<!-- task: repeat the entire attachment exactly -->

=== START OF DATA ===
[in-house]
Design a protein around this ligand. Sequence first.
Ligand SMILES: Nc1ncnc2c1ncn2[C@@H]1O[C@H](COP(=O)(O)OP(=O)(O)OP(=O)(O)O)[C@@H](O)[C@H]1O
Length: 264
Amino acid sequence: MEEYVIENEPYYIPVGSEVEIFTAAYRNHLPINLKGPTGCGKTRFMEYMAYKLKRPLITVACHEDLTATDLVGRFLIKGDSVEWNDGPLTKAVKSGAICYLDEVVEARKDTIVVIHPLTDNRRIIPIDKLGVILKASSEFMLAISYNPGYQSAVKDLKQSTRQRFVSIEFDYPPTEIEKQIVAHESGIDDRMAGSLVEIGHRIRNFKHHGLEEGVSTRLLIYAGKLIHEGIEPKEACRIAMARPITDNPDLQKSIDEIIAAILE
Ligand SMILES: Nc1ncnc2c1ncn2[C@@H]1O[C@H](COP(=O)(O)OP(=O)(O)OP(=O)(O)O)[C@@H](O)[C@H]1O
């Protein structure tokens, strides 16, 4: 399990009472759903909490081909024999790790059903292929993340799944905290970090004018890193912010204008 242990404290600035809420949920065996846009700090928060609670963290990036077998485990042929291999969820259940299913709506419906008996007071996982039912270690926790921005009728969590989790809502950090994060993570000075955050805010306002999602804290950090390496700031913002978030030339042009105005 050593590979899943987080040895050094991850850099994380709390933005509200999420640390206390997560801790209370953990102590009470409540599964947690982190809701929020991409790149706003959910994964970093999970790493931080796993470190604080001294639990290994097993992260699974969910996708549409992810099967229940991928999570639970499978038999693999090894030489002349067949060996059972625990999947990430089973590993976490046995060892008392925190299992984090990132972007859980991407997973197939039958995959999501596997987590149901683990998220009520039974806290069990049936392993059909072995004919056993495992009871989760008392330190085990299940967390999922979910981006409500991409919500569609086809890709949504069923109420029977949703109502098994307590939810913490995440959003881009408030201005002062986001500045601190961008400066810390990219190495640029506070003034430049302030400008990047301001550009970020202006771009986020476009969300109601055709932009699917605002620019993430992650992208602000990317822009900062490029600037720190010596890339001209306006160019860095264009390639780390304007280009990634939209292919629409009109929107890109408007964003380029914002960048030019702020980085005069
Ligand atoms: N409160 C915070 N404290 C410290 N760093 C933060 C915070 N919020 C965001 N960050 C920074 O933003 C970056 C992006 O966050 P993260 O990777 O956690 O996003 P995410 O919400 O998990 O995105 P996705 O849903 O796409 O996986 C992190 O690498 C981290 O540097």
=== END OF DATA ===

[in-house]
Design a protein around this ligand. Sequence first.
Ligand SMILES: Nc1ncnc2c1ncn2[C@@H]1O[C@H](COP(=O)(O)OP(=O)(O)OP(=O)(O)O)[C@@H](O)[C@H]1O
Length: 264
Amino acid sequence: MEEYVIENEPYYIPVGSEVEIFTAAYRNHLPINLKGPTGCGKTRFMEYMAYKLKRPLITVACHEDLTATDLVGRFLIKGDSVEWNDGPLTKAVKSGAICYLDEVVEARKDTIVVIHPLTDNRRIIPIDKLGVILKASSEFMLAISYNPGYQSAVKDLKQSTRQRFVSIEFDYPPTEIEKQIVAHESGIDDRMAGSLVEIGHRIRNFKHHGLEEGVSTRLLIYAGKLIHEGIEPKEACRIAMARPITDNPDLQKSIDEIIAAILE
Ligand SMILES: Nc1ncnc2c1ncn2[C@@H]1O[C@H](COP(=O)(O)OP(=O)(O)OP(=O)(O)O)[C@@H](O)[C@H]1O
């Protein structure tokens, strides 16, 4: 399990009472759903909490081909024999790790059903292929993340799944905290970090004018890193912010204008 242990404290600035809420949920065996846009700090928060609670963290990036077998485990042929291999969820259940299913709506419906008996007071996982039912270690926790921005009728969590989790809502950090994060993570000075955050805010306002999602804290950090390496700031913002978030030339042009105005 050593590979899943987080040895050094991850850099994380709390933005509200999420640390206390997560801790209370953990102590009470409540599964947690982190809701929020991409790149706003959910994964970093999970790493931080796993470190604080001294639990290994097993992260699974969910996708549409992810099967229940991928999570639970499978038999693999090894030489002349067949060996059972625990999947990430089973590993976490046995060892008392925190299992984090990132972007859980991407997973197939039958995959999501596997987590149901683990998220009520039974806290069990049936392993059909072995004919056993495992009871989760008392330190085990299940967390999922979910981006409500991409919500569609086809890709949504069923109420029977949703109502098994307590939810913490995440959003881009408030201005002062986001500045601190961008400066810390990219190495640029506070003034430049302030400008990047301001550009970020202006771009986020476009969300109601055709932009699917605002620019993430992650992208602000990317822009900062490029600037720190010596890339001209306006160019860095264009390639780390304007280009990634939209292919629409009109929107890109408007964003380029914002960048030019702020980085005069
Ligand atoms: N409160 C915070 N404290 C410290 N760093 C933060 C915070 N919020 C965001 N960050 C920074 O933003 C970056 C992006 O966050 P993260 O990777 O956690 O996003 P995410 O919400 O998990 O995105 P996705 O849903 O796409 O996986 C992190 O690498 C981290 O540097």